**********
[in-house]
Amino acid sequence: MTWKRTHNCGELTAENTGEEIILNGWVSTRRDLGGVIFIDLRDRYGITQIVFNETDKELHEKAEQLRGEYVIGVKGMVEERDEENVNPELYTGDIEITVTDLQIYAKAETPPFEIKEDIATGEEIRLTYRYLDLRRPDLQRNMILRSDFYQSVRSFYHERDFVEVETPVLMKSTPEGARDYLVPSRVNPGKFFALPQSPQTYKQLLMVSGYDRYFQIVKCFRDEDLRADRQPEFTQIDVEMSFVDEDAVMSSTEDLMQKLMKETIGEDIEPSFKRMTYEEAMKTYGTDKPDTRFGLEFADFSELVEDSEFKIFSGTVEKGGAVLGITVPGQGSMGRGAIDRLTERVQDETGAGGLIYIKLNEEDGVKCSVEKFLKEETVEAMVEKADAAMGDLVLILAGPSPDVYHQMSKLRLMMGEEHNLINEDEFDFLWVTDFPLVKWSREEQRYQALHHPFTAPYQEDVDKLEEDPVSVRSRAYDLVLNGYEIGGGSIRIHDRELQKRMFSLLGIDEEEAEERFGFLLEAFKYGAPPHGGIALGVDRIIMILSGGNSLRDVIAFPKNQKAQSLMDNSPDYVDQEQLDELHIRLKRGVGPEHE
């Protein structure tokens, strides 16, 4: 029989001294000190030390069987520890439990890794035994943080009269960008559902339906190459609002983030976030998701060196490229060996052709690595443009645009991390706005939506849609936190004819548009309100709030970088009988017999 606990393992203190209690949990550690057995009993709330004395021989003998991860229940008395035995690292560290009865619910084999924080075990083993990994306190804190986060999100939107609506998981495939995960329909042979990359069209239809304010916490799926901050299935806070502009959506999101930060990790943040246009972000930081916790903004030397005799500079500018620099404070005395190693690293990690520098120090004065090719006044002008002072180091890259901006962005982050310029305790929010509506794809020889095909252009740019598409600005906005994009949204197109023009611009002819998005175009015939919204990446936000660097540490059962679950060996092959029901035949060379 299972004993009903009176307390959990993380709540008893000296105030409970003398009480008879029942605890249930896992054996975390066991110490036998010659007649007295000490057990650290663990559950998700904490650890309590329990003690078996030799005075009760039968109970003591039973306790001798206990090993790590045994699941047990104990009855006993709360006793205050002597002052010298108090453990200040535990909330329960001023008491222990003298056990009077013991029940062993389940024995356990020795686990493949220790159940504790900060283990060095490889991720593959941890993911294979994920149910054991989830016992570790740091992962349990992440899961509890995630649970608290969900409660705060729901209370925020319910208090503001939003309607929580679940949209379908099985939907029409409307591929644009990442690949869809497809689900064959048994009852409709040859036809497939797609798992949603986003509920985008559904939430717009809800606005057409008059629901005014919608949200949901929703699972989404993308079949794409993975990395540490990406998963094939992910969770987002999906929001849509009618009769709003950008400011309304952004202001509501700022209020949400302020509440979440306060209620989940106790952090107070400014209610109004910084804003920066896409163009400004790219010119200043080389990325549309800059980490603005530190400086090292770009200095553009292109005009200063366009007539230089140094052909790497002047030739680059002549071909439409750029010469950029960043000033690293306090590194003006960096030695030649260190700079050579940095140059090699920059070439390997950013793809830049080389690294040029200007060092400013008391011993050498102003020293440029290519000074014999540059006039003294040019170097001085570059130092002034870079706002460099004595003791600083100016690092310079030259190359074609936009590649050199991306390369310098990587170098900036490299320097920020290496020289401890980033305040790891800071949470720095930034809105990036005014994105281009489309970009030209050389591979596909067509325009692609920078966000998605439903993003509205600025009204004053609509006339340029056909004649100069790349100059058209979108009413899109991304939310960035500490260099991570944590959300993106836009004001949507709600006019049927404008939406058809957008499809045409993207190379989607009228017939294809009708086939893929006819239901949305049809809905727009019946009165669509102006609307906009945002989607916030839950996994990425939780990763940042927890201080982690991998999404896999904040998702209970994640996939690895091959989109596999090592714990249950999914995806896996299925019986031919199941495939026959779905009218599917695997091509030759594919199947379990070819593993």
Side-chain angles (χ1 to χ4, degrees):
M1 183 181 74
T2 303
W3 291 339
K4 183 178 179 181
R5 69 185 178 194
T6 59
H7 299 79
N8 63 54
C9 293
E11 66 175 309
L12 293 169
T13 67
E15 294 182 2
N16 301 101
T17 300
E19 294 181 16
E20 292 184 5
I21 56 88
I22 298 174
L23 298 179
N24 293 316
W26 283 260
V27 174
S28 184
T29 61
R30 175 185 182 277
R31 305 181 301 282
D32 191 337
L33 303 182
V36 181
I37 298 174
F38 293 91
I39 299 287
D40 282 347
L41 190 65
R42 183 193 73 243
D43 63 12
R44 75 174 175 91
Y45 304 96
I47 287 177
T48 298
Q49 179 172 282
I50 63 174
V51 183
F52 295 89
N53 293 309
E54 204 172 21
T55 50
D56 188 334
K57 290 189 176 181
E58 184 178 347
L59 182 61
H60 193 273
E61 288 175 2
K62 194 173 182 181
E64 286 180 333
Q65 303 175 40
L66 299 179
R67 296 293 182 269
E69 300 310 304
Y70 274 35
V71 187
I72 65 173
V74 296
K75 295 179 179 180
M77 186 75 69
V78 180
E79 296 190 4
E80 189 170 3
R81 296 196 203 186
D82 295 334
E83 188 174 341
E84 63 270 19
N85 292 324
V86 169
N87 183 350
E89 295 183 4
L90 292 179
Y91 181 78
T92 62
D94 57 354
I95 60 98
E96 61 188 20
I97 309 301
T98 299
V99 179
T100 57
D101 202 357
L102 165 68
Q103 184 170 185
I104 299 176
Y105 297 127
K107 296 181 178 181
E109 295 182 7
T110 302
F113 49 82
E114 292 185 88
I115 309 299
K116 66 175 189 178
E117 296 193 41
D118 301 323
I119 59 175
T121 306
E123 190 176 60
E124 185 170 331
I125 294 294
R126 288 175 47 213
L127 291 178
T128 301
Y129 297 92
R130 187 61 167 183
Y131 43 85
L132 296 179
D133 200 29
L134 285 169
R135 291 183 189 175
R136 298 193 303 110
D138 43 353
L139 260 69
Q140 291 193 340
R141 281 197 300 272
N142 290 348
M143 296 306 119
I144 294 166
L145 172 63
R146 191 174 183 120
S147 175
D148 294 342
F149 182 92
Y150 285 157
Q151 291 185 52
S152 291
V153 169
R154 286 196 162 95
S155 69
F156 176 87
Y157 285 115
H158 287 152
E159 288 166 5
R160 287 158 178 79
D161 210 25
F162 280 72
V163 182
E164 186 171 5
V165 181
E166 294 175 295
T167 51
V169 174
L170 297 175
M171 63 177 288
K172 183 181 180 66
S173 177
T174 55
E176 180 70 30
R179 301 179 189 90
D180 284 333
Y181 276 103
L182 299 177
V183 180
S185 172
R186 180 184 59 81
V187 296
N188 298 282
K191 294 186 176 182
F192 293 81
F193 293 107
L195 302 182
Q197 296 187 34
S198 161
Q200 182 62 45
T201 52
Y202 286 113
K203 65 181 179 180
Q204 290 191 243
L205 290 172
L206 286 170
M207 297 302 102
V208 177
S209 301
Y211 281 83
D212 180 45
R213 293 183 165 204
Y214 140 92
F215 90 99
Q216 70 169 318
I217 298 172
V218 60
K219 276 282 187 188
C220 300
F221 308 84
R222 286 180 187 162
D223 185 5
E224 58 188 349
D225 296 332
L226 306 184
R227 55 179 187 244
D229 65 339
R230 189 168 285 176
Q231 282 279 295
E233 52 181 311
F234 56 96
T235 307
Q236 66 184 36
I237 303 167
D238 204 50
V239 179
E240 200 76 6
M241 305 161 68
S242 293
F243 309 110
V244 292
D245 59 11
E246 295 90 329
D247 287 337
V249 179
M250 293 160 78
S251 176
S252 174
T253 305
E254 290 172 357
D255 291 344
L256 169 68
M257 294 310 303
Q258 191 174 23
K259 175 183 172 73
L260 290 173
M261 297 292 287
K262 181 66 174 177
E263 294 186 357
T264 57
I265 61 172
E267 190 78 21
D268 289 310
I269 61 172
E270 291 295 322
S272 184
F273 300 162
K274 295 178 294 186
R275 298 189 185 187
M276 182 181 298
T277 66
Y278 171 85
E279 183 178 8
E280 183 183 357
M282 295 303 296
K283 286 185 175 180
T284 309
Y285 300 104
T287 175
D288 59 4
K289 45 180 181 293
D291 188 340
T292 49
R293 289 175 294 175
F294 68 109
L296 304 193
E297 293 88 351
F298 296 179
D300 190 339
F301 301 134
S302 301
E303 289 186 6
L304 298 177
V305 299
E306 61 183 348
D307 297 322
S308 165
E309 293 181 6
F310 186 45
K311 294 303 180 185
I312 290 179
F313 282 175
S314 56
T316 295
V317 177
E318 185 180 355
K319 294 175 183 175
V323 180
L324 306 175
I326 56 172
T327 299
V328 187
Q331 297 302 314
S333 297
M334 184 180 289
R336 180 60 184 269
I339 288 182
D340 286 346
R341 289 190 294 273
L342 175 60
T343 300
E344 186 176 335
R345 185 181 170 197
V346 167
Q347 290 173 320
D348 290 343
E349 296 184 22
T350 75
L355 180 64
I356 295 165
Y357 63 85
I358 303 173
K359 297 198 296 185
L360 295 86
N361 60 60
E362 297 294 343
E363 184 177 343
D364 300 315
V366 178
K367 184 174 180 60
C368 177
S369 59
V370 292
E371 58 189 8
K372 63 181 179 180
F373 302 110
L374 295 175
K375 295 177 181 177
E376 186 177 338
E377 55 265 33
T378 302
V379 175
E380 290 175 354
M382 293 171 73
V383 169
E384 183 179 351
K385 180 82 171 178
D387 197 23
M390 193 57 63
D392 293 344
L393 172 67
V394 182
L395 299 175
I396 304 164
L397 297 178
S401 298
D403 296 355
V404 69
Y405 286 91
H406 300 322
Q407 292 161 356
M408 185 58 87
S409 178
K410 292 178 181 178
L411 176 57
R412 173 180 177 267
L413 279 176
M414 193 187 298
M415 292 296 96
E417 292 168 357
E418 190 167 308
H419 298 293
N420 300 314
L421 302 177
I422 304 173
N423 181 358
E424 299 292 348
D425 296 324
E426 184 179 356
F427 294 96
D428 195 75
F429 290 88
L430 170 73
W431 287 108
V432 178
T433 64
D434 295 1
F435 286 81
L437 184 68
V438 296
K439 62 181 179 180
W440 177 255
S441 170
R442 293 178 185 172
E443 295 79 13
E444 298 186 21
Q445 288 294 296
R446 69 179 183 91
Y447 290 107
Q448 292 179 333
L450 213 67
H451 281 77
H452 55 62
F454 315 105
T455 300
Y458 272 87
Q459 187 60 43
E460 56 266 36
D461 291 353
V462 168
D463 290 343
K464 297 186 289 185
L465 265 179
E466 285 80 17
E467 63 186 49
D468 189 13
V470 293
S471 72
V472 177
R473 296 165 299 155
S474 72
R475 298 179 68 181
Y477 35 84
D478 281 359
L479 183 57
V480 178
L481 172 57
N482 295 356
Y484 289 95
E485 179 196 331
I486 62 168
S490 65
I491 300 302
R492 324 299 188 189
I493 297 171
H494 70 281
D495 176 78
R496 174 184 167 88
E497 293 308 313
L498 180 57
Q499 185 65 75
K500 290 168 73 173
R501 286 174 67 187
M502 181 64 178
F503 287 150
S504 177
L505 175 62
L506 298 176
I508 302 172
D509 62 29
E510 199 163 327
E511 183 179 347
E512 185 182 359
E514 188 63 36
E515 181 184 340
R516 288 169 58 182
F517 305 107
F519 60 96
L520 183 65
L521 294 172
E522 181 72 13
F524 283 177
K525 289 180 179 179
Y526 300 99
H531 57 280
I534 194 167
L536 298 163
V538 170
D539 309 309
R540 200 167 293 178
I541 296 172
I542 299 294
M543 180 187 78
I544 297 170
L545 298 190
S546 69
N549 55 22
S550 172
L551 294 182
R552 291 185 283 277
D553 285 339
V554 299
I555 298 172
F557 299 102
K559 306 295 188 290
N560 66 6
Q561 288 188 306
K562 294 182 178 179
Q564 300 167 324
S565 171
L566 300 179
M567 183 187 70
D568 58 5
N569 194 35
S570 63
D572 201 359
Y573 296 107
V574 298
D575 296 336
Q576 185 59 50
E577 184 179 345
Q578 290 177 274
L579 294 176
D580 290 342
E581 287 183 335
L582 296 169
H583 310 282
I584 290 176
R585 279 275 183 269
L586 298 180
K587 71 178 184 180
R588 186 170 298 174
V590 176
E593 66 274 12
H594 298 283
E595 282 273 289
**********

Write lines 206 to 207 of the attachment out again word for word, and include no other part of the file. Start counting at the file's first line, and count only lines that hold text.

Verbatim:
T235 307
Q236 66 184 36